What Matters to Student Success - Rochester Institute of Technology

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What Matters to
Student Success:
The Promise of HighImpact Practices
George D. Kuh
RIT Faculty Institute
Rochester, NY
May 26, 2010
We all want the same thing—an
undergraduate experience that
results in high levels of learning
and personal development for all
students.
“It’s the Learning,
Stupid”
What If…
We imagined what our work would
be like using what we know about
how students learn…?
And we created optimum learning
conditions for all students…?
Then, how would we re-design our
programs and practices?
What kinds of teaching and
assessment approaches would we
use?
Overview
 What the world needs now
 Why engagement and highimpact practices matter
 Implications
Association of American Colleges and Universities
Narrow Learning is Not Enough:
The Essential Learning Outcomes

Knowledge of Human Cultures
and the Physical & Natural World
 Intellectual and Practical Skills
 Personal and Social Responsibility
 “Deep” Integrative Learning
Deep, Integrative Learning
 Attend to the underlying meaning of
information as well as content
 Integrate and synthesize different
ideas, sources of information
 Discern patterns in evidence or
phenomena
 Apply knowledge in different
situations
 View issues from multiple
perspectives
Peter D
HART
RESEARCH
A SSOC I A T ES
Raising The Bar
Employers’ Views On College Learning
In The Wake Of The Economic Downturn
Key findings from survey among 302 employers
Conducted October 27 – November 17, 2009
for
Employer expectations of employees
have increased
% who agree with each statement
Our company is asking employees to take on more responsibilities
and to use a broader set of skills than in the past
91%
Employees are expected to work harder to coordinate with other
departments than in the past
90%
The challenges employees face within our company are more
complex today than they were in the past
88%
To succeed in our company, employees need higher levels of
learning and knowledge today than they did in the past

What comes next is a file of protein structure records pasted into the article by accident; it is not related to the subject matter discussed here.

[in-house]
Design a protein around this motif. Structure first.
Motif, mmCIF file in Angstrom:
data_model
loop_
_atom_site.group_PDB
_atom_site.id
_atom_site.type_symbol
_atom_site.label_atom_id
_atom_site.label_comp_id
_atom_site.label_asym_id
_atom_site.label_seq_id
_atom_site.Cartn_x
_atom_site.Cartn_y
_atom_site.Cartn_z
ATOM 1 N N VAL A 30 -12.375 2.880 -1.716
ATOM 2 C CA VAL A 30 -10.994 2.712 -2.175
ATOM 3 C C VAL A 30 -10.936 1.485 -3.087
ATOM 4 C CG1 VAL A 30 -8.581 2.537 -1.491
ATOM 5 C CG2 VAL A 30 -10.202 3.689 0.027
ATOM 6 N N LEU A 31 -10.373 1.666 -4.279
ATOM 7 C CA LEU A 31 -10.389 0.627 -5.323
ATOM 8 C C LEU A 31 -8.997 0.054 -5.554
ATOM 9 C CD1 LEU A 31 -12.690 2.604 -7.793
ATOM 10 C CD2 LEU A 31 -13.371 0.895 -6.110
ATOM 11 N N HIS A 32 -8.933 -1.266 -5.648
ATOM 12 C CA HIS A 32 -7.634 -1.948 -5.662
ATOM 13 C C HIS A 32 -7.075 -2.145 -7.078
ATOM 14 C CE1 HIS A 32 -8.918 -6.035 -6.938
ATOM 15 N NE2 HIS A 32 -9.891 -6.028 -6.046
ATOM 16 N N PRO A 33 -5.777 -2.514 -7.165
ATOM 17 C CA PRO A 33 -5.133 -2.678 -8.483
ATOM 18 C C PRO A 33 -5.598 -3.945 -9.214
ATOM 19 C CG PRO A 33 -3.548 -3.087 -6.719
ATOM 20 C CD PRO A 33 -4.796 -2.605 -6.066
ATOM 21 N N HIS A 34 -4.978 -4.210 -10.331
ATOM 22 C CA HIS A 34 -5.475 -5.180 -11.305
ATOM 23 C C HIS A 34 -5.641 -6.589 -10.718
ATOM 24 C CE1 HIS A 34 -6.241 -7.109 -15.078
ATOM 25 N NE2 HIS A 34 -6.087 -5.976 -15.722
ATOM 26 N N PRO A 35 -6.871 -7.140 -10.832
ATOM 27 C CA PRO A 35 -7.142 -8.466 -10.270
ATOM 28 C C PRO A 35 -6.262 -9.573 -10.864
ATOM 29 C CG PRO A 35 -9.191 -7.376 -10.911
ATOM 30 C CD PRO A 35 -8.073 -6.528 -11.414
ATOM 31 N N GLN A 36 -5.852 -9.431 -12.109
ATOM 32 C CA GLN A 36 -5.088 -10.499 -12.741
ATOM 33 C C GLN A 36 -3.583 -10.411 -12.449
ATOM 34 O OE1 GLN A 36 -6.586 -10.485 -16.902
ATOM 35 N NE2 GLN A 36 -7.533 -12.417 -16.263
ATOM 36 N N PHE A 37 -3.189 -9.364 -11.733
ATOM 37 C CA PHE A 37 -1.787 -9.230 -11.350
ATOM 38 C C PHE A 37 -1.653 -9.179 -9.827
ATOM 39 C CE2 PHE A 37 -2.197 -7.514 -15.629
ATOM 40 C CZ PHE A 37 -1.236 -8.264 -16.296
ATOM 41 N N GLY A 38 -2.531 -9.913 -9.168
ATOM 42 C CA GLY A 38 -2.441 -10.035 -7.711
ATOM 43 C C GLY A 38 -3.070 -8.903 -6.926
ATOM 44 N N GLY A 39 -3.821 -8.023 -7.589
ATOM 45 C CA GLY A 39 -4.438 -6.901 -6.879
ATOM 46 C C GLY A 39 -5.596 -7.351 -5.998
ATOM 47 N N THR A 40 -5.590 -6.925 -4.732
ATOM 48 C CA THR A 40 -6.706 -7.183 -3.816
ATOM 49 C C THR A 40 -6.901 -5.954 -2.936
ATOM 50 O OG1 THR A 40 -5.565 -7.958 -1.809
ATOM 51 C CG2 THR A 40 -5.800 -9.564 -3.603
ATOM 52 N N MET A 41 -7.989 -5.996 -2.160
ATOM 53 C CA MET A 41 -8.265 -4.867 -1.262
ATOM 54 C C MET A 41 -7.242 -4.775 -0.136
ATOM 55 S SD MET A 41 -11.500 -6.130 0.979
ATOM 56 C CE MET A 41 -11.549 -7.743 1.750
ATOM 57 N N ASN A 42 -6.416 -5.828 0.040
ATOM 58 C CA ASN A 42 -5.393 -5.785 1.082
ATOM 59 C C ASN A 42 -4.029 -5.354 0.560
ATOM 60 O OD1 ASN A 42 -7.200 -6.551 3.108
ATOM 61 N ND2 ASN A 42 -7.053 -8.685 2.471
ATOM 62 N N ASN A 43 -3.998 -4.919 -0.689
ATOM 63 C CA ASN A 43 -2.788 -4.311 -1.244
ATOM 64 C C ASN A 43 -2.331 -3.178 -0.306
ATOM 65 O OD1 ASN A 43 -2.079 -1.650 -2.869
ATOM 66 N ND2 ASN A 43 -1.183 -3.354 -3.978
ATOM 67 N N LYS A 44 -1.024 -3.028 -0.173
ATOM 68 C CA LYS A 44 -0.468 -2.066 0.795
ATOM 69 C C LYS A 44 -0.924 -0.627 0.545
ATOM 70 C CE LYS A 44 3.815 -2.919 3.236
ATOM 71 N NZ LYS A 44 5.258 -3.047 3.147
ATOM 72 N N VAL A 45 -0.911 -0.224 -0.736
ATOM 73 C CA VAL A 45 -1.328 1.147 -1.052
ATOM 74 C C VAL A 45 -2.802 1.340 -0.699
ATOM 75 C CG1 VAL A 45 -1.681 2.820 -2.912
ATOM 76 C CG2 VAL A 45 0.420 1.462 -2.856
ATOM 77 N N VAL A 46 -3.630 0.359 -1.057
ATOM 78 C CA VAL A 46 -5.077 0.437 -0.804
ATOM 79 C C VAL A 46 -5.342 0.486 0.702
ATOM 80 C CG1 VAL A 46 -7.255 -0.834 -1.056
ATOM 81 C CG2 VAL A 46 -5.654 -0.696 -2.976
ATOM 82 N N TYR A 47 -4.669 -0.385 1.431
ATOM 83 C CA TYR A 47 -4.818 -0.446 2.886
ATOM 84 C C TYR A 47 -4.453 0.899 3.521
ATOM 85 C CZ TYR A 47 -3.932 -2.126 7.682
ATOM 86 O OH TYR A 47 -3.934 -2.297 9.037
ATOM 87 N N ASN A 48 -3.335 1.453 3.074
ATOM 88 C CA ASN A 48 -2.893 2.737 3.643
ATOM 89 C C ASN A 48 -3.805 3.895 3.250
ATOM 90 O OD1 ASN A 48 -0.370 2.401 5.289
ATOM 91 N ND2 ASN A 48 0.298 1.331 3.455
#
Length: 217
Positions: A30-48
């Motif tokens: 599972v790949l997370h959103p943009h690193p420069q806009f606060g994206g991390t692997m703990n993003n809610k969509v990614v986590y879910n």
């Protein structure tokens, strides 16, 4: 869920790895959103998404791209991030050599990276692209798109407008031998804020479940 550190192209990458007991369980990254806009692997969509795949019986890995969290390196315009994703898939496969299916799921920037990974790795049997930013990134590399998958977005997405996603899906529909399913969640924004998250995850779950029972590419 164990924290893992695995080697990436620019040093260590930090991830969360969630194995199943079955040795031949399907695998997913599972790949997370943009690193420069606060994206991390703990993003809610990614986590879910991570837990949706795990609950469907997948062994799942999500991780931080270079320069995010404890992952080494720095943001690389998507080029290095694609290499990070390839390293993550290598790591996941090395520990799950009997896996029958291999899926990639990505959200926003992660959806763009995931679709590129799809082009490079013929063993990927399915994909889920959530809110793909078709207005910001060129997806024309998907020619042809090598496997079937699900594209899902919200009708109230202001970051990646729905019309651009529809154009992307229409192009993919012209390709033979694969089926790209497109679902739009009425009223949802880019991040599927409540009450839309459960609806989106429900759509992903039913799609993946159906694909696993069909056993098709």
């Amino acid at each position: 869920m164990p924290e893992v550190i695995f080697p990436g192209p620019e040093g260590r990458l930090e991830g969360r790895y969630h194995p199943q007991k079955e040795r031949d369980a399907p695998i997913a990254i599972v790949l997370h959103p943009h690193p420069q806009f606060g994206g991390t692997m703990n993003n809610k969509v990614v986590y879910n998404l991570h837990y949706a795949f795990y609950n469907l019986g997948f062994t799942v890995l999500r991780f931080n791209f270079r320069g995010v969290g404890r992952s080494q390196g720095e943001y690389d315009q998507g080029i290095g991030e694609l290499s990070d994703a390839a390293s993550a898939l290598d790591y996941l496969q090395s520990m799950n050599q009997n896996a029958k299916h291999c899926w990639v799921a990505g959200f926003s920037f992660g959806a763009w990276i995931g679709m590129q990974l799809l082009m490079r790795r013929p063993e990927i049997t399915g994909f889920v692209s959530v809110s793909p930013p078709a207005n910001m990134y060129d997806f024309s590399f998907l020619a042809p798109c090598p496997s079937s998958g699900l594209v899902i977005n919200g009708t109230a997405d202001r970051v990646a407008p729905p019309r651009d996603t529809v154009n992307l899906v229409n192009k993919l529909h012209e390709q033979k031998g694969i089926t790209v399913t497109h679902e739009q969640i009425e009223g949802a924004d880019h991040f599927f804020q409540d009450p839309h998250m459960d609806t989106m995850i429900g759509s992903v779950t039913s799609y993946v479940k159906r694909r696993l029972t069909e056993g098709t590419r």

88%
11
Raising The Bar – October/November 2009 – Hart Research for
Employers’ Top Priorities for
Student Learning In College
% saying two- and four-year colleges should place MORE emphasis on
helping students develop these skills, qualities, capabilities, knowledge
Effective oral/written
communication
Critical thinking/
analytical reasoning
Knowledge/skills
applied to real world
settings
Analyze/solve
complex problems
Connect choices and
actions to ethical
decisions
Teamwork skills/
ability to collaborate
Ability to innovate
and be creative
Developments in
science/technology
12
89%
81%
79%
75%
75%
71%
70%
70%
Raising The Bar – October/November 2009 – Hart Research for
What Really Matters in College:
Student Engagement
Because individual effort and
involvement are the critical
determinants of college impact,
institutions should focus on
the ways they can shape their
academic, interpersonal, and
extracurricular offerings to
encourage student
engagement.
Pascarella & Terenzini, 2005, p. 602
Foundations of Student Engagement
Time on task (Tyler, 1930s)
Quality of effort (Pace, 1960-70s)
Student involvement (Astin,
1984)
Social, academic integration
(Tinto,1987, 1993)
Good practices in
undergraduate education
(Chickering & Gamson, 1987)
College impact (Pascarella, 1985)
Student engagement (Kuh, 1991,
2005)
Student Engagement Trifecta
What students do -- time and energy
devoted to educationally purposeful
activities
What institutions do -- using
effective educational practices to
induce students to do the right
things
Educationally effective institutions
channel student energy toward the
right activities
Good Practices in
Undergraduate Education
(Chickering & Gamson, 1987;
Pascarella & Terenzini, 2005)







Student-faculty contact
Active learning
Prompt feedback
Time on task
High expectations
Respect for diverse learning styles
Cooperation among students
National Survey of
Student Engagement
(pronounced “nessie”)
Community College
Survey of Student
Engagement
(pronounced “cessie”)
College student surveys that assess
the extent to which students engage
in educational practices associated
with high levels of learning and
development
NSSE Questionnaire
Student Behaviors
Institutional Actions &
Requirements
Reactions to College
Student Background
Information
Student
Learning &
Development
Effective Educational Practices
Level of
Academic
Challenge
StudentFaculty
Interaction
Enriching
Educational
Experiences
Active &
Collaborative
Learning
Supportive
Campus
Environment
Key findings
Grades, persistence, student
satisfaction, gains across a
range of desired outcomes,
and engagement go hand in
hand
Student engagement varies
more within than between
institutions.
Level of Academic Challenge:
Seniors at Doc-Extensive Schools
Percentile 10
Percentile 50
Percentile 90
100
80
60
40
20
0
1
2
3
4
5
6
7
8
9
10
Doc-Extensive Institutions
11
12
13
14
15
Student-Faculty Interaction:
First-Year Students at Liberal Arts
Institutions
Percentile 10
Percentile 50
Percentile 90
100
80
60
40
20
0
1
2
3
4
5
6
7
8
Liberal Arts Institutions
9
10
11
12
Worth Pondering
How do we reach
our least engaged
students?
It’s more complicated than this…
 Many of the effects of college
are “conditional”
 Some are compensatory
Some have unusually positive
effects
NSSE: Who’s more engaged?




Women
Full-time students
Students who live on campus
Students with diversity
experiences
 Students who start and stay at
the same school
CCSSE: Who Is More Engaged?
More Engaged
Less Engaged
Full-time students
Part-time students
Nontraditional-age students (those over age 24)
Traditional-age students (those 24 and younger)
Students seeking credentials
Students not seeking credentials
Students who have completed 30 or more